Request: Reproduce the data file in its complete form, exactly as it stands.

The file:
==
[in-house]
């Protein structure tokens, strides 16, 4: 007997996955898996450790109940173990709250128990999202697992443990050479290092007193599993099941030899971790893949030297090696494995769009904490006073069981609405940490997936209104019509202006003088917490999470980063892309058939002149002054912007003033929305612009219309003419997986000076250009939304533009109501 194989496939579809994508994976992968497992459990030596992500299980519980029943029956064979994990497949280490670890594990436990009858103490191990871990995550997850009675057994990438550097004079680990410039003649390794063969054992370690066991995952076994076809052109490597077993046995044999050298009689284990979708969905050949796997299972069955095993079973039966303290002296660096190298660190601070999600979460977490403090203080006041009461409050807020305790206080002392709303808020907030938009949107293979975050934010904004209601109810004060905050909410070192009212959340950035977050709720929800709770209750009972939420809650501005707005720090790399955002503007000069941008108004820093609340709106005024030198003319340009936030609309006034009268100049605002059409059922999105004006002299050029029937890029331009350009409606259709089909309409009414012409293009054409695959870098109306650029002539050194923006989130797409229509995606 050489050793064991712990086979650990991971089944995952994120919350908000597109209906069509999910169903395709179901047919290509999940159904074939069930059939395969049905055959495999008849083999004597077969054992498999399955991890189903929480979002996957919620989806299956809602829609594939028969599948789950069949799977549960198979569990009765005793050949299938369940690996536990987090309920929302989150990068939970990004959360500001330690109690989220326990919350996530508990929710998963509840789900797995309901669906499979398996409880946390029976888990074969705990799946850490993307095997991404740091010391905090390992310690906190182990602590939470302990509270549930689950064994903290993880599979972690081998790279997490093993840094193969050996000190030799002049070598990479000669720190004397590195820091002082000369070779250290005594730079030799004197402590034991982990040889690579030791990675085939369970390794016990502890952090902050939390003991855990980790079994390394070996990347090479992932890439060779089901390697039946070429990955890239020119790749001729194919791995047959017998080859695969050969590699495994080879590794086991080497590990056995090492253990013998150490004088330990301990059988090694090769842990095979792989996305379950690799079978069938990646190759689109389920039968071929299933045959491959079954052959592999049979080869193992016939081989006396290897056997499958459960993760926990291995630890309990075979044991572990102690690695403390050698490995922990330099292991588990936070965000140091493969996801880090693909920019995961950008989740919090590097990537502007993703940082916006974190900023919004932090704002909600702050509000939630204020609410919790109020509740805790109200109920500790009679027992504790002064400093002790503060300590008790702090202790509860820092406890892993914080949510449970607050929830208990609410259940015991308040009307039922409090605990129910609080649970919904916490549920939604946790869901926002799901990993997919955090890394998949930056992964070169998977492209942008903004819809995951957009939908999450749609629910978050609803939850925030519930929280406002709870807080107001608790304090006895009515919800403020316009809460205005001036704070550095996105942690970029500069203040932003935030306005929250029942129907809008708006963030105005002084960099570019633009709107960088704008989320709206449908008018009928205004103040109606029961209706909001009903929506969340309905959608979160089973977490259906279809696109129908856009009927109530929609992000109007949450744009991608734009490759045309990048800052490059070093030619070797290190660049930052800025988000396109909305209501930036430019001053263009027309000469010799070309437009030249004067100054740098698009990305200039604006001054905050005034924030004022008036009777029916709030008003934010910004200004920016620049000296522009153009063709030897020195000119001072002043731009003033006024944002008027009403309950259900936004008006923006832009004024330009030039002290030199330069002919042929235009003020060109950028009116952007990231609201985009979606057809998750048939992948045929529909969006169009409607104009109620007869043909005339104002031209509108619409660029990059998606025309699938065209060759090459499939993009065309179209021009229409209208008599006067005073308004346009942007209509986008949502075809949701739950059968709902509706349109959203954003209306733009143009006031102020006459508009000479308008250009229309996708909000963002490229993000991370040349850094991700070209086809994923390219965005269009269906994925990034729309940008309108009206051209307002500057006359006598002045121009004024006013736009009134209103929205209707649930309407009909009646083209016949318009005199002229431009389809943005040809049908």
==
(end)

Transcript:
[in-house]
């Protein structure tokens, strides 16, 4: 007997996955898996450790109940173990709250128990999202697992443990050479290092007193599993099941030899971790893949030297090696494995769009904490006073069981609405940490997936209104019509202006003088917490999470980063892309058939002149002054912007003033929305612009219309003419997986000076250009939304533009109501 194989496939579809994508994976992968497992459990030596992500299980519980029943029956064979994990497949280490670890594990436990009858103490191990871990995550997850009675057994990438550097004079680990410039003649390794063969054992370690066991995952076994076809052109490597077993046995044999050298009689284990979708969905050949796997299972069955095993079973039966303290002296660096190298660190601070999600979460977490403090203080006041009461409050807020305790206080002392709303808020907030938009949107293979975050934010904004209601109810004060905050909410070192009212959340950035977050709720929800709770209750009972939420809650501005707005720090790399955002503007000069941008108004820093609340709106005024030198003319340009936030609309006034009268100049605002059409059922999105004006002299050029029937890029331009350009409606259709089909309409009414012409293009054409695959870098109306650029002539050194923006989130797409229509995606 050489050793064991712990086979650990991971089944995952994120919350908000597109209906069509999910169903395709179901047919290509999940159904074939069930059939395969049905055959495999008849083999004597077969054992498999399955991890189903929480979002996957919620989806299956809602829609594939028969599948789950069949799977549960198979569990009765005793050949299938369940690996536990987090309920929302989150990068939970990004959360500001330690109690989220326990919350996530508990929710998963509840789900797995309901669906499979398996409880946390029976888990074969705990799946850490993307095997991404740091010391905090390992310690906190182990602590939470302990509270549930689950064994903290993880599979972690081998790279997490093993840094193969050996000190030799002049070598990479000669720190004397590195820091002082000369070779250290005594730079030799004197402590034991982990040889690579030791990675085939369970390794016990502890952090902050939390003991855990980790079994390394070996990347090479992932890439060779089901390697039946070429990955890239020119790749001729194919791995047959017998080859695969050969590699495994080879590794086991080497590990056995090492253990013998150490004088330990301990059988090694090769842990095979792989996305379950690799079978069938990646190759689109389920039968071929299933045959491959079954052959592999049979080869193992016939081989006396290897056997499958459960993760926990291995630890309990075979044991572990102690690695403390050698490995922990330099292991588990936070965000140091493969996801880090693909920019995961950008989740919090590097990537502007993703940082916006974190900023919004932090704002909600702050509000939630204020609410919790109020509740805790109200109920500790009679027992504790002064400093002790503060300590008790702090202790509860820092406890892993914080949510449970607050929830208990609410259940015991308040009307039922409090605990129910609080649970919904916490549920939604946790869901926002799901990993997919955090890394998949930056992964070169998977492209942008903004819809995951957009939908999450749609629910978050609803939850925030519930929280406002709870807080107001608790304090006895009515919800403020316009809460205005001036704070550095996105942690970029500069203040932003935030306005929250029942129907809008708006963030105005002084960099570019633009709107960088704008989320709206449908008018009928205004103040109606029961209706909001009903929506969340309905959608979160089973977490259906279809696109129908856009009927109530929609992000109007949450744009991608734009490759045309990048800052490059070093030619070797290190660049930052800025988000396109909305209501930036430019001053263009027309000469010799070309437009030249004067100054740098698009990305200039604006001054905050005034924030004022008036009777029916709030008003934010910004200004920016620049000296522009153009063709030897020195000119001072002043731009003033006024944002008027009403309950259900936004008006923006832009004024330009030039002290030199330069002919042929235009003020060109950028009116952007990231609201985009979606057809998750048939992948045929529909969006169009409607104009109620007869043909005339104002031209509108619409660029990059998606025309699938065209060759090459499939993009065309179209021009229409209208008599006067005073308004346009942007209509986008949502075809949701739950059968709902509706349109959203954003209306733009143009006031102020006459508009000479308008250009229309996708909000963002490229993000991370040349850094991700070209086809994923390219965005269009269906994925990034729309940008309108009206051209307002500057006359006598002045121009004024006013736009009134209103929205209707649930309407009909009646083209016949318009005199002229431009389809943005040809049908």